This paper will provide the recommendations for a network that will allow the connection of 50 different remote locations. Half of the remote locations will be required to connect with central headquarters 6 to 8 hours a day and send large files back and forth which consist of date, graphics and product design information including blueprints. The other 25 locations are sales offices and connect at the end of the day to upload daily/other periodic reports that total less than 5 megabytes of data.
With the given research I have gathered, I recommend the following:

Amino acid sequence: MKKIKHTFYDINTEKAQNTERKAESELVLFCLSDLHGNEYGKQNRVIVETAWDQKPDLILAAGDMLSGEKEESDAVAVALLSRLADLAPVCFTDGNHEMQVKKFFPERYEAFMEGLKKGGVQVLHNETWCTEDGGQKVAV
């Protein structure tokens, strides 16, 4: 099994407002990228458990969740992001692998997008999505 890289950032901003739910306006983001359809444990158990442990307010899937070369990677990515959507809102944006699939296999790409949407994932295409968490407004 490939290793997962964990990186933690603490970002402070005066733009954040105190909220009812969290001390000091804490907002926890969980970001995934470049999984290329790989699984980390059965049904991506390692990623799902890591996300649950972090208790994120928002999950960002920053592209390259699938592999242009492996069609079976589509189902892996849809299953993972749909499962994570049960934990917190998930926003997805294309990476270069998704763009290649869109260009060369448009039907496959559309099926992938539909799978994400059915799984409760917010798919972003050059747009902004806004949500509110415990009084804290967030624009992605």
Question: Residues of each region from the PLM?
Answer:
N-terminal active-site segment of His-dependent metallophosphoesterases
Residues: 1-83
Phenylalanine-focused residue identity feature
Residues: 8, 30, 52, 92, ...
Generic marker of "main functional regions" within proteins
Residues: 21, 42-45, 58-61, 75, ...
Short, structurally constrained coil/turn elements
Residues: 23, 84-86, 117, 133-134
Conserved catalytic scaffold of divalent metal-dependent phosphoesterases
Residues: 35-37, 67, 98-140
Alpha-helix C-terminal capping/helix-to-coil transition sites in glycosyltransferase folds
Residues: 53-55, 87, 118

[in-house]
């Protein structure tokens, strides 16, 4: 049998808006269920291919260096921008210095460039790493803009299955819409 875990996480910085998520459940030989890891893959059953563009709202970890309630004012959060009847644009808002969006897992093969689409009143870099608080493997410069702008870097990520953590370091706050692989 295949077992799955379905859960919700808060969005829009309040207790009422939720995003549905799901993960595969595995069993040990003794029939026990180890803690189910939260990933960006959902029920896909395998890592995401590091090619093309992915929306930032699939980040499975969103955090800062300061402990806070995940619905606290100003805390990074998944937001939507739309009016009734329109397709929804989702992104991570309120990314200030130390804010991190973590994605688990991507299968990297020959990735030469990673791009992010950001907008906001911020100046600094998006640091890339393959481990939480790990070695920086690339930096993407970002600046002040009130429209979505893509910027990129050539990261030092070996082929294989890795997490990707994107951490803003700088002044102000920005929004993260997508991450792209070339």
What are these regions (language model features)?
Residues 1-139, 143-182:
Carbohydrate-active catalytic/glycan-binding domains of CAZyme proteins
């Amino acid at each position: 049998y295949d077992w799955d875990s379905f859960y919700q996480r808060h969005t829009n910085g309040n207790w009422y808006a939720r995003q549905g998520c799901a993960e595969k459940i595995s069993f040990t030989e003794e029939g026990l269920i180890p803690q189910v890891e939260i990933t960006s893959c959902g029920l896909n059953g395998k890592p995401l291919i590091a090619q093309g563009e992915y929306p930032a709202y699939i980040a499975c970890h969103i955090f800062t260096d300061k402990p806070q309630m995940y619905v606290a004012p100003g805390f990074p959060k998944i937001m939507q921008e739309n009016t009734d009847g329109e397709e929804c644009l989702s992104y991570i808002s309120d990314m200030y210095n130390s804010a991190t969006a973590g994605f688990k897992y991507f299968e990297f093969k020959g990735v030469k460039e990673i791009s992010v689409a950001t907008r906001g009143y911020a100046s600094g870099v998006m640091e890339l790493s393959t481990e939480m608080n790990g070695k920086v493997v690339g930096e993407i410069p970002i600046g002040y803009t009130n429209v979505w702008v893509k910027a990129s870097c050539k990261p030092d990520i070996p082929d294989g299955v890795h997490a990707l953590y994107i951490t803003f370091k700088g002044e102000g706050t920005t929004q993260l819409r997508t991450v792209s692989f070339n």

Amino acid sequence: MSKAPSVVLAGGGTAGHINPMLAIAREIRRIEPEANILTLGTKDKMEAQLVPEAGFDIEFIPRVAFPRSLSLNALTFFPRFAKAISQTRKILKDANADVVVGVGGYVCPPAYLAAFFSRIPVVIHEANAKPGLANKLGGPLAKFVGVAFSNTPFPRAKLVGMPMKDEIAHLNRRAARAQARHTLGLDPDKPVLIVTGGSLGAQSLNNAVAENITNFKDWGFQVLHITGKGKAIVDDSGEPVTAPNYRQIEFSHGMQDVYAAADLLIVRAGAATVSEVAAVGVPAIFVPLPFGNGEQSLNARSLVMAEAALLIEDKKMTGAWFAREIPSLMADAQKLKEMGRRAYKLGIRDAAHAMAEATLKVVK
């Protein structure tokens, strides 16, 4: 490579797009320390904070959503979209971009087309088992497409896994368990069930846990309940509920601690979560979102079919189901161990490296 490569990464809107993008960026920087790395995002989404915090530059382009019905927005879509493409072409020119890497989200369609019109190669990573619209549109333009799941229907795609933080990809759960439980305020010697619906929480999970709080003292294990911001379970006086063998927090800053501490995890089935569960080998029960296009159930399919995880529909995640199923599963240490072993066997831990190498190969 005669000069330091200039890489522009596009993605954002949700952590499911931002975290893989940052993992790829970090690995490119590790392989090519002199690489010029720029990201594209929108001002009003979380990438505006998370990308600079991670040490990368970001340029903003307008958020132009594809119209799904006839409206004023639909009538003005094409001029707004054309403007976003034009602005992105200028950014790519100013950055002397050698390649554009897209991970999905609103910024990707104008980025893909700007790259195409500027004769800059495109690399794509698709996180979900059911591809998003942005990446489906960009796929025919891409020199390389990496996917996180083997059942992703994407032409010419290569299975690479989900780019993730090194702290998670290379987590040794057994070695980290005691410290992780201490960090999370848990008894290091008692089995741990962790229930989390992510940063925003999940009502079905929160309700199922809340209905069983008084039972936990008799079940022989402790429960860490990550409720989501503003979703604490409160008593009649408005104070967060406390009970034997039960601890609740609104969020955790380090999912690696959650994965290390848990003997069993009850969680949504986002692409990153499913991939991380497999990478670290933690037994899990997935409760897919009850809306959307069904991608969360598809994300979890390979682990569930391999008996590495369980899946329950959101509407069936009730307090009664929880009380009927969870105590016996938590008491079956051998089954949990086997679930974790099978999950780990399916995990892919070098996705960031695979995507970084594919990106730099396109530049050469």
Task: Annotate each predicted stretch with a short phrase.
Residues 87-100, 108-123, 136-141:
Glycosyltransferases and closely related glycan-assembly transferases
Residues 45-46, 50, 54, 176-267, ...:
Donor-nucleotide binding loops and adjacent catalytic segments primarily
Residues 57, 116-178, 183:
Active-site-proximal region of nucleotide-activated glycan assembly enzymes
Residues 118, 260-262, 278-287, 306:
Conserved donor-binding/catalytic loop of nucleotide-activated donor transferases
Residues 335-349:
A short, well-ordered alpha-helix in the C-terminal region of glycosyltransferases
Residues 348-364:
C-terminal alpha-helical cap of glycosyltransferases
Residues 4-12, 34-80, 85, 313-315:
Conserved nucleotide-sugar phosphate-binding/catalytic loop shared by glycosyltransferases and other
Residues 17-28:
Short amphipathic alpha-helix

Each of the 50 LAN within the remote locations does not have a criteria within the question posed. A few things are taken as assumptions. The first assumption is that the 25 remote locations does not only need to have the ability to send files from to the central headquarters 6 to 8 hours a day but that it also needs the ability to send these files among themselves. The network requirements also states that the other 25 locations only needs to connect to the central headquarters at the end of the day and upload files less than 5 megabytes to the central site. The second assumption is that at no point the sales site could convert to a site that would require the ability to send videos and other large files to each other. With these assumptions, I recommend the LAN to use an Ethernet protocol for the 25 sales sites. This protocol is the most widely used protocol as of today (Martin W. Murhammer, 1999). Ethernet is the most cost effective method to employ over the LAN network for the requirements given. Ethernet provides the equivalent to hitting a fly with a fly swatter, instead of using a mallet which would be done by using WAN protocols such as frame relay and ATM. Because this network would use a bus topology, we will use the access method of CSMA/CD to prevent packet lost (Martin W. Murhammer, 1999). This access method will allow computers to use the same transmission line and...
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